Why children should learn painting


Children engage in a painting activity in a library. (Dennis Agaba)

Primarily, painting is the practice of applying paint, pigment or colour to a solid surface. The medium is commonly applied to the base with a brush, but other tools, such as knives, sponges and airbrushes can be used.

Why is painting important for pupils? Some of the primary schools that have embraced painting as an extra-curricular activity testify that their pupils have gained a number of skills which include critical-thinking, decision-making and innovative skills.

According to art teachers, painting gives children a chance to identify a suitable colour for a certain picture, and also teaches them colour differentiation and usage. Besides, painting also opens a door for pupils to develop drawing skills.

In his five years of experience teaching children art, Gilbert Hategekimana speaks highly of painting as an innovative activity that open a way for pupils to discover their inner abilities and talents.

“From my experience, pupils enjoy painting because it gives them a platform to express how they feel about the world around them, and through drawings and mixture of colours they pass on the messages on their mind,” he explains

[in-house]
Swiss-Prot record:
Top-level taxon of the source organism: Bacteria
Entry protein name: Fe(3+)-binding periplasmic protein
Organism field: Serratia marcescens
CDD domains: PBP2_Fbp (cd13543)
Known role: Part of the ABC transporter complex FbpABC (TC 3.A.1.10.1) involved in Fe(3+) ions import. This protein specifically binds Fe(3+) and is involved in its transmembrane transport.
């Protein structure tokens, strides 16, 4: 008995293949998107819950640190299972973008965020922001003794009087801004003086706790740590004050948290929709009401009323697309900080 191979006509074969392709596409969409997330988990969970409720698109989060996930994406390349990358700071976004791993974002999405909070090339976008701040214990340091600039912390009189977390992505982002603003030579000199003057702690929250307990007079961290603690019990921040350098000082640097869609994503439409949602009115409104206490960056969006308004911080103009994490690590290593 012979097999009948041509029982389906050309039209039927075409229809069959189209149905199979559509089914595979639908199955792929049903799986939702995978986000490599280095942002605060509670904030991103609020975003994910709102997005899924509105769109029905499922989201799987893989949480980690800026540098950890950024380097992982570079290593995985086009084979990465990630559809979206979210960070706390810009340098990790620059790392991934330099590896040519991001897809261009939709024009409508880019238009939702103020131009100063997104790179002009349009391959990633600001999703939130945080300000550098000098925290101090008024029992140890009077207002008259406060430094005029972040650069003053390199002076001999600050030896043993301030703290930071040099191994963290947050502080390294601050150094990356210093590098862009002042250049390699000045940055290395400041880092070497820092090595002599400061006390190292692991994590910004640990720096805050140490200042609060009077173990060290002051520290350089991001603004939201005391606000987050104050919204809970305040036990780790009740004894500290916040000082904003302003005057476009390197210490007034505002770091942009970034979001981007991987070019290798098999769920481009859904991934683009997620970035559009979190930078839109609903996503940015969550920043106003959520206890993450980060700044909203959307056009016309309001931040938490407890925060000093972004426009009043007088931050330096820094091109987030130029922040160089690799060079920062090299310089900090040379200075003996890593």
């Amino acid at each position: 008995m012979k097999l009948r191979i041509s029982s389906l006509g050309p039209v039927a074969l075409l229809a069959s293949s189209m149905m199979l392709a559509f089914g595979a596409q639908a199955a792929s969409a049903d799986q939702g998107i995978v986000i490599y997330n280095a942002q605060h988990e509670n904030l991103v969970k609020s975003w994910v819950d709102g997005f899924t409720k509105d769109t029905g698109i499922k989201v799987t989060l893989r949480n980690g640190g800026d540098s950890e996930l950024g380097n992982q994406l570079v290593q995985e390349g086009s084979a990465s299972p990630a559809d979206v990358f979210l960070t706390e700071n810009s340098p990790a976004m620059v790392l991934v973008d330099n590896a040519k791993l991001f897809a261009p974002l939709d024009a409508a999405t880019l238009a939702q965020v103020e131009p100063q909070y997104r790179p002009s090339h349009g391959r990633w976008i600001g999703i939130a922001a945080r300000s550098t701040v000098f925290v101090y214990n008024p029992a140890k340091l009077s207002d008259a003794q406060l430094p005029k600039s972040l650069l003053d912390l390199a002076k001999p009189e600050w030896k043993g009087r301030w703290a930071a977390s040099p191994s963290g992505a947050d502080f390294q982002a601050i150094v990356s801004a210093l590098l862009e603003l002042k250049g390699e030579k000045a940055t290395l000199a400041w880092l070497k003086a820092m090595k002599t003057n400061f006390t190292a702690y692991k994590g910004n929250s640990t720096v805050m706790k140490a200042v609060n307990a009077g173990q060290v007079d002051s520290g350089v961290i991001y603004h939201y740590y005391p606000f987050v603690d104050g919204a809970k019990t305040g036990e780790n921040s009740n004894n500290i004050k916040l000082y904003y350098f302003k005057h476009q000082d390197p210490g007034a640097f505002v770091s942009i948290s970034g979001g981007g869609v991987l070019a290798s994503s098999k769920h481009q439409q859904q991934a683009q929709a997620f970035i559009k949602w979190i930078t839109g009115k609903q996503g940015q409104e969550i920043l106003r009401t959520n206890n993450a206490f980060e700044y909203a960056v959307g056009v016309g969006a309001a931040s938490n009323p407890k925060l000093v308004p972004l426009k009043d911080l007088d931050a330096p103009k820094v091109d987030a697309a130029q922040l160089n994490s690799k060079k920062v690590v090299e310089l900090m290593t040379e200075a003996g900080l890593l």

The other benefits of painting as put forward by both teachers and pupils is that it instills in learners the spirit of self-reliance, finding solutions to problems and boosts confidence.

Chris Munezero, who completed primary school, recently, says the painting skills he acquired from school have given him not only a hobby, but also a future career prospect.

“I enjoy painting, and I devote most of my free time to it. This is a skill that I hold so dear because I see myself becoming a professional artist in future. My family is proud of me, and this inspires me to learn more,” says Munezero.

By Dennis Agaba